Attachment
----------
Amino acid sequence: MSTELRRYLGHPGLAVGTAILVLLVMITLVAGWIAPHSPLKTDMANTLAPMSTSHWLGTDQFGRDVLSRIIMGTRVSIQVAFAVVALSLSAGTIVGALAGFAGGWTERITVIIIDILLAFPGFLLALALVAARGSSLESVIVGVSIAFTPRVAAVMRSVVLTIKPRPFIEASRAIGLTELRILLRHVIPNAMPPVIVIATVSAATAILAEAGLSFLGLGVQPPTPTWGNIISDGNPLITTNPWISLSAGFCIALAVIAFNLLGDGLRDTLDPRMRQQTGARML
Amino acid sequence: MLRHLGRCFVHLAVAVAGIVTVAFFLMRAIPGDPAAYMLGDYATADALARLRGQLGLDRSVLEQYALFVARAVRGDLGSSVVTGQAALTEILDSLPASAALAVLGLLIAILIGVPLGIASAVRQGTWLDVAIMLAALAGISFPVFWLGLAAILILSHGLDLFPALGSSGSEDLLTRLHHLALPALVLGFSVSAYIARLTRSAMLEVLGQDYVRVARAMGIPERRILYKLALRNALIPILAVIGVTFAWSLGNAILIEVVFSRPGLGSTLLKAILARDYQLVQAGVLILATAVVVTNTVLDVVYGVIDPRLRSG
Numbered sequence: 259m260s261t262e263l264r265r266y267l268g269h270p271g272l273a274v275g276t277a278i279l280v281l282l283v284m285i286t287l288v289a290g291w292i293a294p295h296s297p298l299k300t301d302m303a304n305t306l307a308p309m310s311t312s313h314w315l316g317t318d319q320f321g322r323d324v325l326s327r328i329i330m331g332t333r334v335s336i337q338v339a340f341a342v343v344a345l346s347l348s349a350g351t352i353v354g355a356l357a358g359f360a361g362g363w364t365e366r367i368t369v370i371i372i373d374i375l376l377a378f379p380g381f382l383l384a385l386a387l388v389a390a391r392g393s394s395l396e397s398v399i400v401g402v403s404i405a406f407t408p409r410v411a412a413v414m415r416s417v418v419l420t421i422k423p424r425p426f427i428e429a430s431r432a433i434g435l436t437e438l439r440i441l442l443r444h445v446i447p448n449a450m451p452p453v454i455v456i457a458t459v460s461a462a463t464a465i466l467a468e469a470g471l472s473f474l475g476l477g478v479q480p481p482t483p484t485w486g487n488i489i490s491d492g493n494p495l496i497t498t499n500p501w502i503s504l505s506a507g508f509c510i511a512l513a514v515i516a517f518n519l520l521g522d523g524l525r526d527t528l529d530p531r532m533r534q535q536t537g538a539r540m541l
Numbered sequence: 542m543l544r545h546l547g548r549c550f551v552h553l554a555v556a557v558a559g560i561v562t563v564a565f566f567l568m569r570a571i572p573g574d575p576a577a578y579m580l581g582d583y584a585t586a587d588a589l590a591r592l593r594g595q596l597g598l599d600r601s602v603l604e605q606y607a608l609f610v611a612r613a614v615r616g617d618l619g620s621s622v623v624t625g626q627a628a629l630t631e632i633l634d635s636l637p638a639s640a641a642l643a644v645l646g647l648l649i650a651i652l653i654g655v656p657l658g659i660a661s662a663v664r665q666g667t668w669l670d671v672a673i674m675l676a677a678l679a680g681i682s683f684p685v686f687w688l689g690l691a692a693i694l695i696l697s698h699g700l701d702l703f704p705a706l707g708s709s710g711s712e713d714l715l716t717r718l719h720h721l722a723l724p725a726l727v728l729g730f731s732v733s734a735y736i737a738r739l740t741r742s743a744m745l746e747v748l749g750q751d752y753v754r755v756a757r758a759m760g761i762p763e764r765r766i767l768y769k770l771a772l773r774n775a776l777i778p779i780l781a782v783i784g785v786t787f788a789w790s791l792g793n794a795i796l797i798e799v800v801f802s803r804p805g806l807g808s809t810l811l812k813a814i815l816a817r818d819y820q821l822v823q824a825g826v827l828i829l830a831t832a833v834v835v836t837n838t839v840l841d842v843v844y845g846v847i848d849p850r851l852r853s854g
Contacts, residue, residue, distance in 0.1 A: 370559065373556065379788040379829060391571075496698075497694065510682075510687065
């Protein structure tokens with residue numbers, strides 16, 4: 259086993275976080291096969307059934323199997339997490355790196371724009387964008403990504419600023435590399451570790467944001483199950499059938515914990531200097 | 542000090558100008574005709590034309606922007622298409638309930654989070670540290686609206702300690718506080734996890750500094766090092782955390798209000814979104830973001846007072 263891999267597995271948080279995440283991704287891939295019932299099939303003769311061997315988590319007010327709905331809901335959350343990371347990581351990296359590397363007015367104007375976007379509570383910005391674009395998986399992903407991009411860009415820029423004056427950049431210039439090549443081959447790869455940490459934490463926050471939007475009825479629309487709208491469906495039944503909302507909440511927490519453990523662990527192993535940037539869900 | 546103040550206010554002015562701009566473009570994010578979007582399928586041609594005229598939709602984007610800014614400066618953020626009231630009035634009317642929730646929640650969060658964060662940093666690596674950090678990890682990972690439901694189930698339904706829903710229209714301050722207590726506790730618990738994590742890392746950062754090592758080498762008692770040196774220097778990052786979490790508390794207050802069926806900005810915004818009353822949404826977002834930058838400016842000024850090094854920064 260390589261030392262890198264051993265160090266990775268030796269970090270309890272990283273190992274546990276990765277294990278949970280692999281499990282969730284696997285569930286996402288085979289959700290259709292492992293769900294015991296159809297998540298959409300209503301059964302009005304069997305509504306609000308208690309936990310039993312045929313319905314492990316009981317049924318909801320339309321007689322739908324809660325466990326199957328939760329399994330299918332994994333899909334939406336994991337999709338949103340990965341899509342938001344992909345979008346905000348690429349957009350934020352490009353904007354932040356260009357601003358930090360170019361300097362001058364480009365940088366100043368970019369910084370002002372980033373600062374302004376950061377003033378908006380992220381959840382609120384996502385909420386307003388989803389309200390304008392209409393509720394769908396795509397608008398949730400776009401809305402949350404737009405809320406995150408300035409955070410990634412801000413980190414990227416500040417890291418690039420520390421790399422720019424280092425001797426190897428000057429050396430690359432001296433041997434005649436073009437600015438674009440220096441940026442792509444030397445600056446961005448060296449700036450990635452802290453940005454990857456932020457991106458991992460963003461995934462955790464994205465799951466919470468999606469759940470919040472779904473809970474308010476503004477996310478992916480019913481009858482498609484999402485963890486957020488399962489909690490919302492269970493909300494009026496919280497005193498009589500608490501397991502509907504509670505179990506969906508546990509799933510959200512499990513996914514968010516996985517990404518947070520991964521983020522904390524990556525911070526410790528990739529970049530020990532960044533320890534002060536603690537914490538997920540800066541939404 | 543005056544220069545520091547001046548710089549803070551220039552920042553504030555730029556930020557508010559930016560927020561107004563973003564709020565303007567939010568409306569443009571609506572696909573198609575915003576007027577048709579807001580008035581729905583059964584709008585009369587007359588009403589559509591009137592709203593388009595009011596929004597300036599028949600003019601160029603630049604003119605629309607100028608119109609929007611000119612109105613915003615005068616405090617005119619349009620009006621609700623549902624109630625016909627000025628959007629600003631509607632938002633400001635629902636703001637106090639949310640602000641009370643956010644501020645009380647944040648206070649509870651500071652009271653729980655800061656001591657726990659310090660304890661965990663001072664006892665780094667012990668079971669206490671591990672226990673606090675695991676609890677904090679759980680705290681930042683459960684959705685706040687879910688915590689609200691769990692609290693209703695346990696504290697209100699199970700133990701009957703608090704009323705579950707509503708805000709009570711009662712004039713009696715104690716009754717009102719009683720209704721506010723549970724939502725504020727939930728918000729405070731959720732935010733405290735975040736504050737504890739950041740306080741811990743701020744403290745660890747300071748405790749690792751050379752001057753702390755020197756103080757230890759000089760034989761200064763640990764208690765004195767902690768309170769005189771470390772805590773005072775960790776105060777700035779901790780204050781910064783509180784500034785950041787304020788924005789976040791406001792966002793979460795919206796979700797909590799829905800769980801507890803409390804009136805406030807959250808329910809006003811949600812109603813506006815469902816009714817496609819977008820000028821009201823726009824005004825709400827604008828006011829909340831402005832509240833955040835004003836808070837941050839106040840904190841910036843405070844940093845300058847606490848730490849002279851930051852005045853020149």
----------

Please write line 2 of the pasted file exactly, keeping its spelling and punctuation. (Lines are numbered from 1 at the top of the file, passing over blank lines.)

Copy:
Amino acid sequence: MLRHLGRCFVHLAVAVAGIVTVAFFLMRAIPGDPAAYMLGDYATADALARLRGQLGLDRSVLEQYALFVARAVRGDLGSSVVTGQAALTEILDSLPASAALAVLGLLIAILIGVPLGIASAVRQGTWLDVAIMLAALAGISFPVFWLGLAAILILSHGLDLFPALGSSGSEDLLTRLHHLALPALVLGFSVSAYIARLTRSAMLEVLGQDYVRVARAMGIPERRILYKLALRNALIPILAVIGVTFAWSLGNAILIEVVFSRPGLGSTLLKAILARDYQLVQAGVLILATAVVVTNTVLDVVYGVIDPRLRSG